Saturday, January 21, 2012

A Dispatch from the Kids' Section

Today's post comes from Ashley, with some thoughts on young adult recommendations, the joy of discovery, and that of sharing in it.

so the other night it was a little on the quiet side in the bookstore, and i was merrily working on the mezzanine shelving and rearranging the kids and young adult book sections. there were two other people on the mezzanine with me, a woman with her middle-grade school age son. they were chatting about books that he has read, liked and disliked, and how his mother was willing to get him something new if he could find something that interested him. of course, i politely interjected that i could give some suggestions if they wanted. after all, i may be a bit older, but spending pretty much full-time elbows deep in that section i have a fairly good idea of what the kids these days are into. it’s like that saying: “never trust a skinny chef.” i also happen to have my master’s degree in children’s book illustration from a certain university in the city, so i like to think that helps a little bit as well. as we started chatting, he mentioned that he liked steampunk stories like Leviathan by Scott Westerfield, so i suggested Candleman by Glenn Dakin. when he brought up Hunger Games by Suzanne Collins, i suggested he take a look at The Unwanteds by Lisa Mcmann. now, you may be thinking right now, “well, he was just being a bookseller that evening.” no, there was more to it than that. after they left i remembered when i was younger and how my mom would take me to the bookstore and offer to buy me whatever caught my eye. how she always payed close attention to my rambling accounts of the science fiction storylines. how she expressed genuine interest in the robot and alien characters that i was so absorbed with. and how i couldn’t get myself out to the car and buckle myself in fast enough when she asked if i wanted to go to the bookstore to get a new book. i will never be able to thank my mom for those special times that we had together, but watching those two leave the store, books in hand, excitedly reading the descriptions from the dust jackets, sharing a moment, however brief and seemingly inconsequential, just, you know, you don’t see that too often these days. but how those moments and memories stick with you after so many years.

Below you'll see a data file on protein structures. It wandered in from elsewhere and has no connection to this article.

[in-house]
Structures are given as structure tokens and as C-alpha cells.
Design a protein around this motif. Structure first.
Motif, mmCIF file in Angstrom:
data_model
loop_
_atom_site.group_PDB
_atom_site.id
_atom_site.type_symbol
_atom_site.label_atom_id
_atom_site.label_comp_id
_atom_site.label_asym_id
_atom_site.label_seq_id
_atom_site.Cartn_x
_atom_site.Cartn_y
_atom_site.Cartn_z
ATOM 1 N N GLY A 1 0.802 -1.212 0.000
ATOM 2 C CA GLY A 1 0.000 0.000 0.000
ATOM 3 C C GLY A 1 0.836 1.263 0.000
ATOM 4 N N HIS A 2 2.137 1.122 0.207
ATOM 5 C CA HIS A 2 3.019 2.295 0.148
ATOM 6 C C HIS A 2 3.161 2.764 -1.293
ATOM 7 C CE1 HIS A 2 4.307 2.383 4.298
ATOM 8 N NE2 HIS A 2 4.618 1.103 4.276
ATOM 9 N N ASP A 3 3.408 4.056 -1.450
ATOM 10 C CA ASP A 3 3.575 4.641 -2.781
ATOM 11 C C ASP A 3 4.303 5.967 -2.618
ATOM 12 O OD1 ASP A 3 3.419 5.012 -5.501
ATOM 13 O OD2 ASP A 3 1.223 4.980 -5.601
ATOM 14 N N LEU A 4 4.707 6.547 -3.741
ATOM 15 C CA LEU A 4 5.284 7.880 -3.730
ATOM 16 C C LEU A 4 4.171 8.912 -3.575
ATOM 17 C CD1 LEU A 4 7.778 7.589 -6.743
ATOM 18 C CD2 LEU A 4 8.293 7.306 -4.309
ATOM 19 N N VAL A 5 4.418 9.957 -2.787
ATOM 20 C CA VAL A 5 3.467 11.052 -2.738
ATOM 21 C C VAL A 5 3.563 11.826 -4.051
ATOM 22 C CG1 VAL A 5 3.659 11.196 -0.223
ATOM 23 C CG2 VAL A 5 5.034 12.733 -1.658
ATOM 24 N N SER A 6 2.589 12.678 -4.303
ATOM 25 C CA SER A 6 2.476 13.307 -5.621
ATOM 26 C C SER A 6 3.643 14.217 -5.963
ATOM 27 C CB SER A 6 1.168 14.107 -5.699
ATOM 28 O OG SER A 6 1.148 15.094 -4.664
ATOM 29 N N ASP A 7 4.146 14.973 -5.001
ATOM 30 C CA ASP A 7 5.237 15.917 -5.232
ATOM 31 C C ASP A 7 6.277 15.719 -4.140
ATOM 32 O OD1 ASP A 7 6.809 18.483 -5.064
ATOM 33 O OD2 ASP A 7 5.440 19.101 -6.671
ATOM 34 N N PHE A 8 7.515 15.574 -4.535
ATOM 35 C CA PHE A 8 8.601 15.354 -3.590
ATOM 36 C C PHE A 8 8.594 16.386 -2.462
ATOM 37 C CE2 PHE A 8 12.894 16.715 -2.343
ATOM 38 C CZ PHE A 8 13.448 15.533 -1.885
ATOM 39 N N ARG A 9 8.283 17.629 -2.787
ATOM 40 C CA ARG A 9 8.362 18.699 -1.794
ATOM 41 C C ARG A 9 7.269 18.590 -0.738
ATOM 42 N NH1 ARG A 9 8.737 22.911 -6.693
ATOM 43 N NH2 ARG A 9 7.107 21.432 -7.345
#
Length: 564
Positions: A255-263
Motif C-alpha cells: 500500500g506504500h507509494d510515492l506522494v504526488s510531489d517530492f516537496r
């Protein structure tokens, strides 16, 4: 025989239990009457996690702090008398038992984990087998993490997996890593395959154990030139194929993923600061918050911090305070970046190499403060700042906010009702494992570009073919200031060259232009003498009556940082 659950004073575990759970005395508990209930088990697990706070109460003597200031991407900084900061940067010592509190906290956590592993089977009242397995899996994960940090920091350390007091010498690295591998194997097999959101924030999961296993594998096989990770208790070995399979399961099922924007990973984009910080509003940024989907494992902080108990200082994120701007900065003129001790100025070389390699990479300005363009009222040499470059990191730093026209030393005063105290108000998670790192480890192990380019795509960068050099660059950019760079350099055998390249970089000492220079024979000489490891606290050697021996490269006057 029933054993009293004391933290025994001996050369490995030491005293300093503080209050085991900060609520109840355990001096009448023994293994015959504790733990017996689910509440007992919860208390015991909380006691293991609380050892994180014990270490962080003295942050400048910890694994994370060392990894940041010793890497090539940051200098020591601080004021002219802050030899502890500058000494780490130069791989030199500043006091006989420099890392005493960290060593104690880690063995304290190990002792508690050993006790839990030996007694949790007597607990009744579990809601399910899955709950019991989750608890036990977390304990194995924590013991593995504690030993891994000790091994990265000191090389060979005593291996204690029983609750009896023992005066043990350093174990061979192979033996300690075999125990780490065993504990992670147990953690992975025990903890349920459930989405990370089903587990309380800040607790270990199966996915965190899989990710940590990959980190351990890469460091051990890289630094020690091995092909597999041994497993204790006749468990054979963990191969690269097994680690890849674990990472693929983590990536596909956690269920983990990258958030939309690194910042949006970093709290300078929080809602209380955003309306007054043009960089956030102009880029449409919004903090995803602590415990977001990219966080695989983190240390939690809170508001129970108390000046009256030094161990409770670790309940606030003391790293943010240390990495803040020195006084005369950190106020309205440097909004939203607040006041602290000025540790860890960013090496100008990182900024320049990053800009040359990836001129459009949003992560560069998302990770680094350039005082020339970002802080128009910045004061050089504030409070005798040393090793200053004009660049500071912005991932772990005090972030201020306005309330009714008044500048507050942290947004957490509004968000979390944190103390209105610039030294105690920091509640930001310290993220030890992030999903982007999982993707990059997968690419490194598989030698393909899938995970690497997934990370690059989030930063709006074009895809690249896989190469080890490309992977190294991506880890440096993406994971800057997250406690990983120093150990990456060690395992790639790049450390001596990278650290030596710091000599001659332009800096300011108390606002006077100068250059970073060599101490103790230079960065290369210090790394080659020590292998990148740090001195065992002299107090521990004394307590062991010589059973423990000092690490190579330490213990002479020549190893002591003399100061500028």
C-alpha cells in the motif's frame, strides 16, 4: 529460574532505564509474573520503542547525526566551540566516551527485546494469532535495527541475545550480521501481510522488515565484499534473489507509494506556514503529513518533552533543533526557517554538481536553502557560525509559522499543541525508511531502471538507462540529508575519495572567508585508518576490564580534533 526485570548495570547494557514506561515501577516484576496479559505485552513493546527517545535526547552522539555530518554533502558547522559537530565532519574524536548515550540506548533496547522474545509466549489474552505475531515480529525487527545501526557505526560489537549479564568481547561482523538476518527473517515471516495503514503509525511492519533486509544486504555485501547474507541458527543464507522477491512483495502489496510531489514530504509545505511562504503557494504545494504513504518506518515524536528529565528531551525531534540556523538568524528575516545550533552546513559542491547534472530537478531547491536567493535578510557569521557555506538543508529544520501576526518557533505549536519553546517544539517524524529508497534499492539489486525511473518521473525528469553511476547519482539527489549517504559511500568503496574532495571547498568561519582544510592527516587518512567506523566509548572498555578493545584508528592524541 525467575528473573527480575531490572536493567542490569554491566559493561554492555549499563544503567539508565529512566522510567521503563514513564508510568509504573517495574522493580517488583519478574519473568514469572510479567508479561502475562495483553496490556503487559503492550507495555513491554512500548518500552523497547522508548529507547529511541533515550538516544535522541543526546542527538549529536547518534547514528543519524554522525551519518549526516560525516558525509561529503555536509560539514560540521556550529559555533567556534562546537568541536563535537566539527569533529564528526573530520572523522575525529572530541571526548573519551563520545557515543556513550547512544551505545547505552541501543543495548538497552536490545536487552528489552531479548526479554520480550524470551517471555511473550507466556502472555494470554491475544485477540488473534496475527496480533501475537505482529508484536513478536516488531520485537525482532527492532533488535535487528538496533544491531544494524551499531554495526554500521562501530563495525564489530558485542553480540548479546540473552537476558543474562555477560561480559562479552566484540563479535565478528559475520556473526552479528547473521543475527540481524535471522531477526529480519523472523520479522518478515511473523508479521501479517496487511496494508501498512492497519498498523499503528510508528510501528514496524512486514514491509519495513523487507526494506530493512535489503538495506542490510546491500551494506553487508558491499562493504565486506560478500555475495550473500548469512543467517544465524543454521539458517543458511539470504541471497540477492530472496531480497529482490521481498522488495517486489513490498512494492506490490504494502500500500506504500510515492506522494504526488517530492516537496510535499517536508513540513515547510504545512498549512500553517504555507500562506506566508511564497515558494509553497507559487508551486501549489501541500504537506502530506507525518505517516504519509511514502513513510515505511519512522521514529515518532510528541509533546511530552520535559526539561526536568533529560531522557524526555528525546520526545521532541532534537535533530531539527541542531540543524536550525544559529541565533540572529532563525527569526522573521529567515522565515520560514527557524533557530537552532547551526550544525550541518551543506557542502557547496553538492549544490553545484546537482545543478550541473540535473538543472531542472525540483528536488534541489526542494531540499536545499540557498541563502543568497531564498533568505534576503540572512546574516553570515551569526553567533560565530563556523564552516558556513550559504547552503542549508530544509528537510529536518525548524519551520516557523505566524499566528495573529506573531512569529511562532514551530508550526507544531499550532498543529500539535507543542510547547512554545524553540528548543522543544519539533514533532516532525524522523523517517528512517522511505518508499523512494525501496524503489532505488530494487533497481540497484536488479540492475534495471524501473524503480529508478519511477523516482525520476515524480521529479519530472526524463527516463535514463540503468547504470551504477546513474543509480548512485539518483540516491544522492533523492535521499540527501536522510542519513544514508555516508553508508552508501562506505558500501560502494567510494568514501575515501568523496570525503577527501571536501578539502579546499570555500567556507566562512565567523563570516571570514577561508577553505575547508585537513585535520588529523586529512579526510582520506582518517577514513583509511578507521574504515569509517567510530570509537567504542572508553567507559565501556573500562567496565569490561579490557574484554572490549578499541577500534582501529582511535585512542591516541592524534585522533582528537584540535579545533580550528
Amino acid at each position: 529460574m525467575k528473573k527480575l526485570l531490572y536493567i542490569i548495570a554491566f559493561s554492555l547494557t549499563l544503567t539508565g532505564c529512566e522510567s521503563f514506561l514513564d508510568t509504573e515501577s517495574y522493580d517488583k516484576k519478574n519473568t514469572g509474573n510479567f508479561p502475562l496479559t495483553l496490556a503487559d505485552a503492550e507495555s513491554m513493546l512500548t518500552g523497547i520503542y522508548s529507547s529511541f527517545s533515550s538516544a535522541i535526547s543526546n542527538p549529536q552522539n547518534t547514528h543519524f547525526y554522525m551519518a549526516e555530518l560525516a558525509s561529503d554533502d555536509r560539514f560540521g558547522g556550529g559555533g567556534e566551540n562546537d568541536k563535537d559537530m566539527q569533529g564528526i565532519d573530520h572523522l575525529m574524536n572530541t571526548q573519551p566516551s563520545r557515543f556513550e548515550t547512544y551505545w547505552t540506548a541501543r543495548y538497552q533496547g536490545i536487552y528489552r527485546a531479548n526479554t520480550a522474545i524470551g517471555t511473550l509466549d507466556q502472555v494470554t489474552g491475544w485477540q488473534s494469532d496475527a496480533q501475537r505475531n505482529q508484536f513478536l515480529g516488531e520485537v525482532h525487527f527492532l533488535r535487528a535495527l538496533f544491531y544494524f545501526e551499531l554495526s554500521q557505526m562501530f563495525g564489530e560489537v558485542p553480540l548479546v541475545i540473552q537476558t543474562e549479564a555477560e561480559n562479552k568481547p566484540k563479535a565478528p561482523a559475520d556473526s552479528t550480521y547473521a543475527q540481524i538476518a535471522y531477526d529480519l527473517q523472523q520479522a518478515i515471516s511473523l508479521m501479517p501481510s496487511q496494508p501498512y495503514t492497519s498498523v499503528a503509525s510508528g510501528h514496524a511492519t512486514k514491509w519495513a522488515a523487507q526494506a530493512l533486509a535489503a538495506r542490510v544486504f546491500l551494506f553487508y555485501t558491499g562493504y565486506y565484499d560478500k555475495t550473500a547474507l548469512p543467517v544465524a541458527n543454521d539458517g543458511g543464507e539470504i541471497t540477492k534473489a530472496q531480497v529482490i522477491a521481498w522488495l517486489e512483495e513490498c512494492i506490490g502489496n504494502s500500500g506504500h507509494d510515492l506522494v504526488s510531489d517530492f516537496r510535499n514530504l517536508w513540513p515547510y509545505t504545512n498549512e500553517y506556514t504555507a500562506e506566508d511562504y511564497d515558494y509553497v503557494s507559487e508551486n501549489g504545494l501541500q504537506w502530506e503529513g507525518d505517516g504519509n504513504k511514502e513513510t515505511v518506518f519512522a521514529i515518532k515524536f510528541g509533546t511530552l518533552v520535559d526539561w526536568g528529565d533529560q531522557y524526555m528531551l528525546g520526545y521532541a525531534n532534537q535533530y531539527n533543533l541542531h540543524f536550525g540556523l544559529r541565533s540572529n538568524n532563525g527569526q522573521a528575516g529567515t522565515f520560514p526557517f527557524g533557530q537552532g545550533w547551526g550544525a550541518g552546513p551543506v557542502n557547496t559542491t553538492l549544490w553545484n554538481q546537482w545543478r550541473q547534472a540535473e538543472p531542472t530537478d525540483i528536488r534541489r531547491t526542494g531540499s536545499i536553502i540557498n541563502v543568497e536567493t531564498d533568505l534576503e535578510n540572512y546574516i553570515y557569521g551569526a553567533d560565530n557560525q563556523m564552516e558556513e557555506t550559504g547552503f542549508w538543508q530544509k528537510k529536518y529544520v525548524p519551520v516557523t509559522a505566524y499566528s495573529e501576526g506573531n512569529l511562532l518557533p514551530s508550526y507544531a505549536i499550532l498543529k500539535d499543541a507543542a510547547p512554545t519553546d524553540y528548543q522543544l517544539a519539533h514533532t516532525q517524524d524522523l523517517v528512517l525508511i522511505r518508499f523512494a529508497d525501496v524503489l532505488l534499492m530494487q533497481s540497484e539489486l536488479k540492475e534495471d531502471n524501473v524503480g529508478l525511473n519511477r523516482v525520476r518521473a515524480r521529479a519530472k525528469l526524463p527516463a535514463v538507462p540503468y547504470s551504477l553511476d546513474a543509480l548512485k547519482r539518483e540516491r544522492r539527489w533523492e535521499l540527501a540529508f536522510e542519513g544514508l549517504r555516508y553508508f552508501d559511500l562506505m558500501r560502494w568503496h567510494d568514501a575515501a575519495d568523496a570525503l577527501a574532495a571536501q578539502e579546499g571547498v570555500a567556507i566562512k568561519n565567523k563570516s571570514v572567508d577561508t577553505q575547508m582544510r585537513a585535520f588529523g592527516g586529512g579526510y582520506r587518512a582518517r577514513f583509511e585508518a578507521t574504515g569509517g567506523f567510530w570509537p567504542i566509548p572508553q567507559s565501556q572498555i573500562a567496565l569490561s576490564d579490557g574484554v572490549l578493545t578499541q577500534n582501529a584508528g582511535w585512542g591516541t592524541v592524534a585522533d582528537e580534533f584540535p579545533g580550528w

1 comment:

CLH said...

Thanks for writing abt this so beautifully . . . It's really true, how these "little" things become very big & lasting memories. It can't be a coincidence, either (can it?), that kids are particularly drawn to quest narratives, and there's something about getting to the bookstore, discovering & choosing your next book/clue/adventure/talisman (and being assisted somehow in that), and then departing, all have real significance.